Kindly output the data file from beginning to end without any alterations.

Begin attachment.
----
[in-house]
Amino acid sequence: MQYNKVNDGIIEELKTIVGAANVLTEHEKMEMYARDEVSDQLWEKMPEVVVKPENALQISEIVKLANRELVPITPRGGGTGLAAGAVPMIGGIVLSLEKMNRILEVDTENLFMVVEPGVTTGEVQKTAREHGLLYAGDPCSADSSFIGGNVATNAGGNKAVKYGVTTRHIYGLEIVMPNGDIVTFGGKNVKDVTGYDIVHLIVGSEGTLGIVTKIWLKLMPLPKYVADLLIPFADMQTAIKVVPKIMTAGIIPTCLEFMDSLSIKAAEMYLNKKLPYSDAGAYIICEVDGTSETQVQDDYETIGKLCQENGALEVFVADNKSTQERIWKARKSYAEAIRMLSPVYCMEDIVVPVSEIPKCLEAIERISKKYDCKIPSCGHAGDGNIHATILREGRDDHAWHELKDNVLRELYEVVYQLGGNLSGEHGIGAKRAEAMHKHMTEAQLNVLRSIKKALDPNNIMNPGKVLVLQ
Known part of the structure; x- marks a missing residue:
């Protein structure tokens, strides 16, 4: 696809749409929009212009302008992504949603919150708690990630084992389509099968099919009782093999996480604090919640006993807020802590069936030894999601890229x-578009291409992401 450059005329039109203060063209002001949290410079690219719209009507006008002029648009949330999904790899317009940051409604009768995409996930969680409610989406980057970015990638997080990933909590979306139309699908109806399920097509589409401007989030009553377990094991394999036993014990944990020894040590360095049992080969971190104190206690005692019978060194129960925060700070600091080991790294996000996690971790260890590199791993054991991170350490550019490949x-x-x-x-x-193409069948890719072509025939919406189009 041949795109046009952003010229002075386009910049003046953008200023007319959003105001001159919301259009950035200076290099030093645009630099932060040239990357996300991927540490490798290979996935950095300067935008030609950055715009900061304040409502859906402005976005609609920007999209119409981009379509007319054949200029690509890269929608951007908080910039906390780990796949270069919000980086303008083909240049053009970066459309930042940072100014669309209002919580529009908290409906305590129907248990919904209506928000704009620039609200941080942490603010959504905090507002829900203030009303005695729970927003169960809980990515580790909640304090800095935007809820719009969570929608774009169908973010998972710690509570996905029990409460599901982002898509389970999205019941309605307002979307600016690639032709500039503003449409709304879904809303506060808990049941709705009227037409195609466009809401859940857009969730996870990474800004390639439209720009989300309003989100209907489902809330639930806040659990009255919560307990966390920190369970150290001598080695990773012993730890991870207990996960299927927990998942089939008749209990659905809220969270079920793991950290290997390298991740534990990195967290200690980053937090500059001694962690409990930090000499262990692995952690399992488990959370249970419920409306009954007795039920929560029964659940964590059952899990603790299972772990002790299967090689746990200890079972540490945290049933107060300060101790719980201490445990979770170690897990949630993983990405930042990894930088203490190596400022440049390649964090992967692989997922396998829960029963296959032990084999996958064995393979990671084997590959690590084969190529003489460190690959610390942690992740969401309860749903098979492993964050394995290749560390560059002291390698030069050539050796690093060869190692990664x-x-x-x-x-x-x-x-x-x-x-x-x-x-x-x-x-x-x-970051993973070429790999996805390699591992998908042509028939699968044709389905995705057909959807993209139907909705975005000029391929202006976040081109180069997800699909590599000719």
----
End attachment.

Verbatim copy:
[in-house]
Amino acid sequence: MQYNKVNDGIIEELKTIVGAANVLTEHEKMEMYARDEVSDQLWEKMPEVVVKPENALQISEIVKLANRELVPITPRGGGTGLAAGAVPMIGGIVLSLEKMNRILEVDTENLFMVVEPGVTTGEVQKTAREHGLLYAGDPCSADSSFIGGNVATNAGGNKAVKYGVTTRHIYGLEIVMPNGDIVTFGGKNVKDVTGYDIVHLIVGSEGTLGIVTKIWLKLMPLPKYVADLLIPFADMQTAIKVVPKIMTAGIIPTCLEFMDSLSIKAAEMYLNKKLPYSDAGAYIICEVDGTSETQVQDDYETIGKLCQENGALEVFVADNKSTQERIWKARKSYAEAIRMLSPVYCMEDIVVPVSEIPKCLEAIERISKKYDCKIPSCGHAGDGNIHATILREGRDDHAWHELKDNVLRELYEVVYQLGGNLSGEHGIGAKRAEAMHKHMTEAQLNVLRSIKKALDPNNIMNPGKVLVLQ
Known part of the structure; x- marks a missing residue:
């Protein structure tokens, strides 16, 4: 696809749409929009212009302008992504949603919150708690990630084992389509099968099919009782093999996480604090919640006993807020802590069936030894999601890229x-578009291409992401 450059005329039109203060063209002001949290410079690219719209009507006008002029648009949330999904790899317009940051409604009768995409996930969680409610989406980057970015990638997080990933909590979306139309699908109806399920097509589409401007989030009553377990094991394999036993014990944990020894040590360095049992080969971190104190206690005692019978060194129960925060700070600091080991790294996000996690971790260890590199791993054991991170350490550019490949x-x-x-x-x-193409069948890719072509025939919406189009 041949795109046009952003010229002075386009910049003046953008200023007319959003105001001159919301259009950035200076290099030093645009630099932060040239990357996300991927540490490798290979996935950095300067935008030609950055715009900061304040409502859906402005976005609609920007999209119409981009379509007319054949200029690509890269929608951007908080910039906390780990796949270069919000980086303008083909240049053009970066459309930042940072100014669309209002919580529009908290409906305590129907248990919904209506928000704009620039609200941080942490603010959504905090507002829900203030009303005695729970927003169960809980990515580790909640304090800095935007809820719009969570929608774009169908973010998972710690509570996905029990409460599901982002898509389970999205019941309605307002979307600016690639032709500039503003449409709304879904809303506060808990049941709705009227037409195609466009809401859940857009969730996870990474800004390639439209720009989300309003989100209907489902809330639930806040659990009255919560307990966390920190369970150290001598080695990773012993730890991870207990996960299927927990998942089939008749209990659905809220969270079920793991950290290997390298991740534990990195967290200690980053937090500059001694962690409990930090000499262990692995952690399992488990959370249970419920409306009954007795039920929560029964659940964590059952899990603790299972772990002790299967090689746990200890079972540490945290049933107060300060101790719980201490445990979770170690897990949630993983990405930042990894930088203490190596400022440049390649964090992967692989997922396998829960029963296959032990084999996958064995393979990671084997590959690590084969190529003489460190690959610390942690992740969401309860749903098979492993964050394995290749560390560059002291390698030069050539050796690093060869190692990664x-x-x-x-x-x-x-x-x-x-x-x-x-x-x-x-x-x-x-970051993973070429790999996805390699591992998908042509028939699968044709389905995705057909959807993209139907909705975005000029391929202006976040081109180069997800699909590599000719």